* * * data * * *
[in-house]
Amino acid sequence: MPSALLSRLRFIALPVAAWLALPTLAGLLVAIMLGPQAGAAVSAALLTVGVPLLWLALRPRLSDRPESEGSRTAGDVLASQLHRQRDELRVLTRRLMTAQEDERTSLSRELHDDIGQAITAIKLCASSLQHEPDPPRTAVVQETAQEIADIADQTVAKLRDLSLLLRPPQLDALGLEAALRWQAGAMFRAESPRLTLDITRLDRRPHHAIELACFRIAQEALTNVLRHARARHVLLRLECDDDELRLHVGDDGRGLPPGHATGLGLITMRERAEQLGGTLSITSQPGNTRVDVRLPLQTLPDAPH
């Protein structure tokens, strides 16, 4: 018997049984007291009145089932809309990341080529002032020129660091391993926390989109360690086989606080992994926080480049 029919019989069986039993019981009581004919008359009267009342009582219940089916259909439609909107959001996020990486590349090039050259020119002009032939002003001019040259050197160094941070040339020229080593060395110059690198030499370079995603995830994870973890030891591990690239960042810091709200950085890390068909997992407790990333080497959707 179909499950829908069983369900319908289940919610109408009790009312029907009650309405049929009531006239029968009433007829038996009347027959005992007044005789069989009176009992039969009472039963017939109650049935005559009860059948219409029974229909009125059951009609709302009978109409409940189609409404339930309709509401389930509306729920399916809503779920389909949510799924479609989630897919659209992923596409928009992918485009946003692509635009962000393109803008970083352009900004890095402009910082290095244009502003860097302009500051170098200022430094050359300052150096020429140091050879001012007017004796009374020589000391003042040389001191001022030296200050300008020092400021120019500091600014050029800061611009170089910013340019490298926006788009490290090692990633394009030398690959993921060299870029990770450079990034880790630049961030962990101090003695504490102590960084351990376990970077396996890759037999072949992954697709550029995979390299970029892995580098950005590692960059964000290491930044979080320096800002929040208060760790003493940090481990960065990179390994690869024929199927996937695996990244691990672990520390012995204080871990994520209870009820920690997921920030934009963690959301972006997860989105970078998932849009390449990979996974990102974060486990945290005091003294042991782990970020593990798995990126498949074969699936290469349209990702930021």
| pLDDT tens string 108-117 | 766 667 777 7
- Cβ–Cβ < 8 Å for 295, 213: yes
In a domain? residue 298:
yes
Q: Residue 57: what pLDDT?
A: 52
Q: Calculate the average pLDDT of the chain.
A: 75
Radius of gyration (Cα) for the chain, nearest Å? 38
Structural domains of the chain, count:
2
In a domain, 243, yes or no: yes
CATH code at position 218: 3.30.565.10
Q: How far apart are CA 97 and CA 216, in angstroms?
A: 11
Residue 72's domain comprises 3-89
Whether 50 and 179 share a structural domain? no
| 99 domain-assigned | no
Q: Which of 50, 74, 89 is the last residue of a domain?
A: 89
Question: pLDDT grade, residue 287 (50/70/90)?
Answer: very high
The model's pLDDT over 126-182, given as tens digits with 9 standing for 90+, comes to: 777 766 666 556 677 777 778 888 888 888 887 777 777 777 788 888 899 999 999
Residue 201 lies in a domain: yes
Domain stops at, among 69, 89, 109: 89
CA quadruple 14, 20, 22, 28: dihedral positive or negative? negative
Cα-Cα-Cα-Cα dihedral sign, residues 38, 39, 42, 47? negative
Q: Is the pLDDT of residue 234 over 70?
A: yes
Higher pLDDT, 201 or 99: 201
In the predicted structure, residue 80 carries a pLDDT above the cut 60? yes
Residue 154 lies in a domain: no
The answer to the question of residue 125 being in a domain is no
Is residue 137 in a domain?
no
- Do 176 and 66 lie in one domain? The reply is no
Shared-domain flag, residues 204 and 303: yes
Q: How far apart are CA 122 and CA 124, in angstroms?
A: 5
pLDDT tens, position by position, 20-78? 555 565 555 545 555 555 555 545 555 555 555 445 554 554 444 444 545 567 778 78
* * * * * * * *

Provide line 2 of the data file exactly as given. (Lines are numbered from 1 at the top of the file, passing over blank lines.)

Amino acid sequence: MPSALLSRLRFIALPVAAWLALPTLAGLLVAIMLGPQAGAAVSAALLTVGVPLLWLALRPRLSDRPESEGSRTAGDVLASQLHRQRDELRVLTRRLMTAQEDERTSLSRELHDDIGQAITAIKLCASSLQHEPDPPRTAVVQETAQEIADIADQTVAKLRDLSLLLRPPQLDALGLEAALRWQAGAMFRAESPRLTLDITRLDRRPHHAIELACFRIAQEALTNVLRHARARHVLLRLECDDDELRLHVGDDGRGLPPGHATGLGLITMRERAEQLGGTLSITSQPGNTRVDVRLPLQTLPDAPH